Thou shall not womanize – A review of ‘The Dancing girls of Lahore’

Thou shall not womanize - A review of ‘The Dancing girls of Lahore’

In my 45 years of existence, I must confess that I have never come across such a painful yet chilly novel. Yes, this I write about ‘The Dancing girls of Lahore’ by Louise Brown who has almost spent 4.5 years in the ‘Heera Mandi’ aka Diamond Market i.e. the red light district of the famous walled city of the Mughals, Lahore of Pakistan.
I have always wanted to at least visit the ‘Heera Mandi’ since the time I became matured enough (although I still act like a 16 year old) but just the thought would give me goose bumps as to what my parents, peers, friends and foes alike would think about me if I would take this journey. Louise has done a big favor by writing on the subject in such a threadbare fashion that while reading the book, you almost start living the experience.
She has described the life of Maha (the main character), her three daughters, her supposed semi-husband Adnan in such a fashion that you cannot help but cry on the pain and agony that all of them go through in their life in the ghetto and still come out larger than life and accept the way things are for them. It is usually a taboo to talk about such women in our culture leave aside visiting such places but Louise has been brave enough to live amongst them and become a character in the novel herself.
Then there is mention of Iqbal Hussain, the painter who is born in the Heera Mandi and not just lives there but owns a restaurant nicely tucked away in the heart of the district where the ancient rubs shoulders with the modern. ‘Cuckoo’s Den’ is the name of the hangout and is situated on the Fort Road. The Café is perched between the debased and the divine.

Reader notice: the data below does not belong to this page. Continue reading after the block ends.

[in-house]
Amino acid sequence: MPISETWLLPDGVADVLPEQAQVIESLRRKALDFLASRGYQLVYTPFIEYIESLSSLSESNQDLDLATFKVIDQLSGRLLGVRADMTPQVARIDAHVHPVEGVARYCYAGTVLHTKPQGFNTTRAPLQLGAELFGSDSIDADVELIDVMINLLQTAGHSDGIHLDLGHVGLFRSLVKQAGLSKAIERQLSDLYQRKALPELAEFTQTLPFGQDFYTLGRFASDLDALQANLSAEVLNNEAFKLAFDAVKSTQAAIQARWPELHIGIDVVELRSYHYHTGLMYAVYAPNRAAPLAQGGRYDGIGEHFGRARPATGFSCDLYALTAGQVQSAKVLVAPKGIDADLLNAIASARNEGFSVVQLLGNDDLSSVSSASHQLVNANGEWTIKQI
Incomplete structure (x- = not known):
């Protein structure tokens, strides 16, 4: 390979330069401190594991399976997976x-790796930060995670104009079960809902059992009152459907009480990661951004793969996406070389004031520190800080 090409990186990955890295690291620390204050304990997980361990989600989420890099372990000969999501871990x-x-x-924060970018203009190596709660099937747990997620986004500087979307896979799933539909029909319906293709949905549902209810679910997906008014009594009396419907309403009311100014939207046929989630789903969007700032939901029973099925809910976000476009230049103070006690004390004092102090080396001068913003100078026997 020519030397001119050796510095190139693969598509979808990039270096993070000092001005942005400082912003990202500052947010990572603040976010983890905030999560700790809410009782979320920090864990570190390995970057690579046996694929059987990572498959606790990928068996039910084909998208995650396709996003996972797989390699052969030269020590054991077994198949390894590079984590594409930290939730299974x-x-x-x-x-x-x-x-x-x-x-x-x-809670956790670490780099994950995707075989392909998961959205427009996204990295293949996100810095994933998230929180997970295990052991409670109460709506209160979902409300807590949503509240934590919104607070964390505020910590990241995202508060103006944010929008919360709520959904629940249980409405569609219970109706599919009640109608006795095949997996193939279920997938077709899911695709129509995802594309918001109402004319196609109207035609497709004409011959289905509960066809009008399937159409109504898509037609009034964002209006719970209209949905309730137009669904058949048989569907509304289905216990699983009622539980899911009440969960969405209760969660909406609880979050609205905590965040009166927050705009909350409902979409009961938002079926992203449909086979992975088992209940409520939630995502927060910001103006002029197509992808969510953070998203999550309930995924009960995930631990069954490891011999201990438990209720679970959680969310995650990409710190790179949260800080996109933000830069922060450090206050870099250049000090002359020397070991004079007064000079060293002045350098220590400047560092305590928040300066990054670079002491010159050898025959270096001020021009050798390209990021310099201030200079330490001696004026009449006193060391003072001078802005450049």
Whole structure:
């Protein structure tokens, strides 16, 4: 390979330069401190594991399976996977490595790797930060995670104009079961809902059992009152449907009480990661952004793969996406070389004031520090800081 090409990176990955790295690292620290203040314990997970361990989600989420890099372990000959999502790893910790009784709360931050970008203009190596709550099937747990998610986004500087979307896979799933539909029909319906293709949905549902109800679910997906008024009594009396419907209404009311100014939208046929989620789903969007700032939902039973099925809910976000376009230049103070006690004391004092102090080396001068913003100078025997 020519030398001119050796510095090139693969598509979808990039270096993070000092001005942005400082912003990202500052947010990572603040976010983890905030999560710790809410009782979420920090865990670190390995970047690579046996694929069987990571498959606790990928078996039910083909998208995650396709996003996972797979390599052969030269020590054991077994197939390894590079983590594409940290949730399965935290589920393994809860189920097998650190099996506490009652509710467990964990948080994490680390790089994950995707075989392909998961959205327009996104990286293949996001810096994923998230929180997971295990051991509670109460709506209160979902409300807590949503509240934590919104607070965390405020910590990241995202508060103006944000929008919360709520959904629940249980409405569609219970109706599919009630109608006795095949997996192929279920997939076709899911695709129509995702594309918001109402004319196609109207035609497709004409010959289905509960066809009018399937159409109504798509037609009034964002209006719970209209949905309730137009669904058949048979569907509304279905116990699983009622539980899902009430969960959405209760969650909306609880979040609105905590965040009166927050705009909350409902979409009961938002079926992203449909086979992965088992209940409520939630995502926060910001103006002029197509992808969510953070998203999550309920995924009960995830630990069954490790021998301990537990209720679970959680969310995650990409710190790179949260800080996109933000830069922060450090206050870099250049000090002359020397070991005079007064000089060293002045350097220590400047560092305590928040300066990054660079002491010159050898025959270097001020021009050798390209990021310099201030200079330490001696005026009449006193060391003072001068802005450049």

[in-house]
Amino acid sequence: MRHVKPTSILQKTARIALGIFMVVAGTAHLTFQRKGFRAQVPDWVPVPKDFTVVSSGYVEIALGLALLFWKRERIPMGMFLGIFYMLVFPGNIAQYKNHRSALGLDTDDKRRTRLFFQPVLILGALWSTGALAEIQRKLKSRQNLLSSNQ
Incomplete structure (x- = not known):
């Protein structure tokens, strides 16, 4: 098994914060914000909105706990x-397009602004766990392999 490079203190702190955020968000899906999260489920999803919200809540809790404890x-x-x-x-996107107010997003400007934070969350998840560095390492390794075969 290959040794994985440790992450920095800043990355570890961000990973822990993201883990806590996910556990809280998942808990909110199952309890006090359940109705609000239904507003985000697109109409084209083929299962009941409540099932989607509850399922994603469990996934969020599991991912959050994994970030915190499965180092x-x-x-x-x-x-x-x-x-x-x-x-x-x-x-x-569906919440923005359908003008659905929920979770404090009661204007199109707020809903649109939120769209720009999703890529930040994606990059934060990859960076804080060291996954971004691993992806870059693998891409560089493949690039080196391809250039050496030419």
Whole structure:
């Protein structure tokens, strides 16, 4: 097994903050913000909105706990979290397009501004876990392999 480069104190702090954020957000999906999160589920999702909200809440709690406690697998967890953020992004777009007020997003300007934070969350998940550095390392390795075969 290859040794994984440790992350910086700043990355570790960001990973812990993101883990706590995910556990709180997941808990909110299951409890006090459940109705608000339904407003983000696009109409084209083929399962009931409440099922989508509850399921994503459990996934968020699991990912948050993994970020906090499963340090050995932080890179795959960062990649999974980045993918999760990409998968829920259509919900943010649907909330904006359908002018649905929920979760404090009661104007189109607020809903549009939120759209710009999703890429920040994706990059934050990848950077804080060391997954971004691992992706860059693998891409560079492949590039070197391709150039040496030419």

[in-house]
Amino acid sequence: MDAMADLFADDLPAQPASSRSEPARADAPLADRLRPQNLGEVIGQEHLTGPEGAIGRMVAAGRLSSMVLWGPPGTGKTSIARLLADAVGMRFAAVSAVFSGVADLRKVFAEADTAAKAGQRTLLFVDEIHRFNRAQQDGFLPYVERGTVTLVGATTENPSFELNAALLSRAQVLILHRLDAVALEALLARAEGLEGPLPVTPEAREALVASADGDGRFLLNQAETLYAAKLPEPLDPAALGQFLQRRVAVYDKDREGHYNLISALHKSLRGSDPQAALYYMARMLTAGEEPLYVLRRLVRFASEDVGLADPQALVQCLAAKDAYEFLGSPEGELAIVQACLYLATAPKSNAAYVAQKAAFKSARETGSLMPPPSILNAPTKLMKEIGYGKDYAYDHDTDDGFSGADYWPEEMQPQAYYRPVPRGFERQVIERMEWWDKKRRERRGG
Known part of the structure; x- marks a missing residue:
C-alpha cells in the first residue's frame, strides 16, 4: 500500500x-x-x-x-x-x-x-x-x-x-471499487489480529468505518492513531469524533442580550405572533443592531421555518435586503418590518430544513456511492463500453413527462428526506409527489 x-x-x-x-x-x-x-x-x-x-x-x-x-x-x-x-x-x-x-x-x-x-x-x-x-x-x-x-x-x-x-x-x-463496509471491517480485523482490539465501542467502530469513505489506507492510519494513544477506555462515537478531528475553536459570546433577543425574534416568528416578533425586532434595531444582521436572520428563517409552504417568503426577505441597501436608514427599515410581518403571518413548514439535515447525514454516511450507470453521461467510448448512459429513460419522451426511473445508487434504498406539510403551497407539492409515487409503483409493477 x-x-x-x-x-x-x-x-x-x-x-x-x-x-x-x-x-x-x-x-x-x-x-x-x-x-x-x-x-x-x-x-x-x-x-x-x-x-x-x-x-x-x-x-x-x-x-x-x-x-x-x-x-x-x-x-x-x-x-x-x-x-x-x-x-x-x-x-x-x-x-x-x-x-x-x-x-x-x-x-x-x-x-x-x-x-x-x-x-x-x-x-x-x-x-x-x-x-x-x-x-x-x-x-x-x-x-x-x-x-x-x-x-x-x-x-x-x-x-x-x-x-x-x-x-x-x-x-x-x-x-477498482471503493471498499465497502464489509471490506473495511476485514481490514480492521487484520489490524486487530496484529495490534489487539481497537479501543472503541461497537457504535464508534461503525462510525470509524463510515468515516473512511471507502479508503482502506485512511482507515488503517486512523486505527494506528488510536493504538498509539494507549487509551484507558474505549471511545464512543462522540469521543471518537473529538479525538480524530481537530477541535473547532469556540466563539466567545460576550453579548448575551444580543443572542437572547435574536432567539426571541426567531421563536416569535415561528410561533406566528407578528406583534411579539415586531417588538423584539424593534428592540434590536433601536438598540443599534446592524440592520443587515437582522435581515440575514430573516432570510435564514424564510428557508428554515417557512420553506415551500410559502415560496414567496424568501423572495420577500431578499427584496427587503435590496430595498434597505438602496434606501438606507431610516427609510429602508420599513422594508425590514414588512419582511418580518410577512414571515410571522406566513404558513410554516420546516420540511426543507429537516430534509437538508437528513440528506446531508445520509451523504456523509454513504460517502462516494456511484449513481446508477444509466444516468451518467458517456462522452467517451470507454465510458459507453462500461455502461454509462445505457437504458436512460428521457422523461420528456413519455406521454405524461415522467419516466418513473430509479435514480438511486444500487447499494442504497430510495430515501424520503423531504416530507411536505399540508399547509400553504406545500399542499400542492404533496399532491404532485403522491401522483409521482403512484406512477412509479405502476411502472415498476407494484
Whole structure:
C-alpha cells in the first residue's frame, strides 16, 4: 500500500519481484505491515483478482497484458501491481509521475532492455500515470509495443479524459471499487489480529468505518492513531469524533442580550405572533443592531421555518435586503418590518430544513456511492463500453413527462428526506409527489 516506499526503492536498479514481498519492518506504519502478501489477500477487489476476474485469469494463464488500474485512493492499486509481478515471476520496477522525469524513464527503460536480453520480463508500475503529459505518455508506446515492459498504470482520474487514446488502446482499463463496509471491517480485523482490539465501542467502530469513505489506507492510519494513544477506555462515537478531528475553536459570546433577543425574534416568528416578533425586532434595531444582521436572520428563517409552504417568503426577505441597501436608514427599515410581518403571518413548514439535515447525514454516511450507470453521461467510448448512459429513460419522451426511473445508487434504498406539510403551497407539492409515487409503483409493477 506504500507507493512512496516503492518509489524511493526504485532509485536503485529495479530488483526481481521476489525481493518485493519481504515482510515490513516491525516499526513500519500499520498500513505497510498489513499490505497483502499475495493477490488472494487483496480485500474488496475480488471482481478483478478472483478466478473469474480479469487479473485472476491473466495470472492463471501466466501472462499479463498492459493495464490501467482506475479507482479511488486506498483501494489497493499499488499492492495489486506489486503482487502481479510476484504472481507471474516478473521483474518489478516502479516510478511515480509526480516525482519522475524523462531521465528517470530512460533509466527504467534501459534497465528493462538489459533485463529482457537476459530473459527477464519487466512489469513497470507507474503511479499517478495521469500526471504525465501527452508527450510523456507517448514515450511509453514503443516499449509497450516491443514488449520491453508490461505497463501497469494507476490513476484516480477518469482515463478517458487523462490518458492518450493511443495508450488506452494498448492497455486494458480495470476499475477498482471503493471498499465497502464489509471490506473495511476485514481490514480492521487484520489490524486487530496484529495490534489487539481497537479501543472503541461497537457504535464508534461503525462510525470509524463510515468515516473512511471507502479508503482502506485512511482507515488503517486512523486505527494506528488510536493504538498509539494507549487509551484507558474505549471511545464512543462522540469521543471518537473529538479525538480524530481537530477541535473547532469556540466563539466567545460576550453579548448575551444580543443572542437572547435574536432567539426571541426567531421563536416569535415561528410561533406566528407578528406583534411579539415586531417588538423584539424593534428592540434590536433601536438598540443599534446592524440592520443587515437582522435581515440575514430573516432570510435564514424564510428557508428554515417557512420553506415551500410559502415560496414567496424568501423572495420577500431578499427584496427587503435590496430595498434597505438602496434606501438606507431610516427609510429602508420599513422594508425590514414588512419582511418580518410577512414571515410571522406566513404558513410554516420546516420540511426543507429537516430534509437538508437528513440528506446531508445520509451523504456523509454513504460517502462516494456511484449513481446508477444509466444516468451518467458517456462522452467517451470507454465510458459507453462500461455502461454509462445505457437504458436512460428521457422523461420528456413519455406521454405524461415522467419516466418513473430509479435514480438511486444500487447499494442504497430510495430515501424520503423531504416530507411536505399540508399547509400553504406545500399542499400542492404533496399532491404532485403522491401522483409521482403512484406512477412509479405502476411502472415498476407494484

Iqbal too was part of the real life there that sleeps on the ‘Cross’ and is resurrected on a daily basis. Unfortunately, Mr. Hussain, the son of a dancing girl died in April 2009 at the tender age of 98. He had worked hard to preserve the old city’s culture by painting the area’s traditional dancers and prostitutes.
Coming back to the book, I almost broke down when I reached the harrowing part where Nena, the eldest daughter is being sold to an elderly Sheikh from Dubai and instead of cursing her luck; she is rather happy to tie the nuptial knot at the tender age of 12. Losing her virginity at this age rather selling it is called ‘Marriage’ in the local lingo although such marriages may last for a night to three months at the most.
Louise has thrown in every molecule of her life in writing this ‘Pearl of the Sub Continent’ (if I may) and has provided painstaking detail in exposing the life of the dancing girls of the ‘Walled City’ not just to the Pakistani masses but to the entire universe if they are interested to know as to how life wakes up in this beautiful little paradise.
This book in a nutshell teaches us as to what goes on in the life of a Tawaif, a Prostitute or to put it more politely; a dancing girl.
Louise, I as a Pakistani is extremely grateful to you for writing this one and taking me through the streets & life of the dancing girls of Lahore. May you live long!

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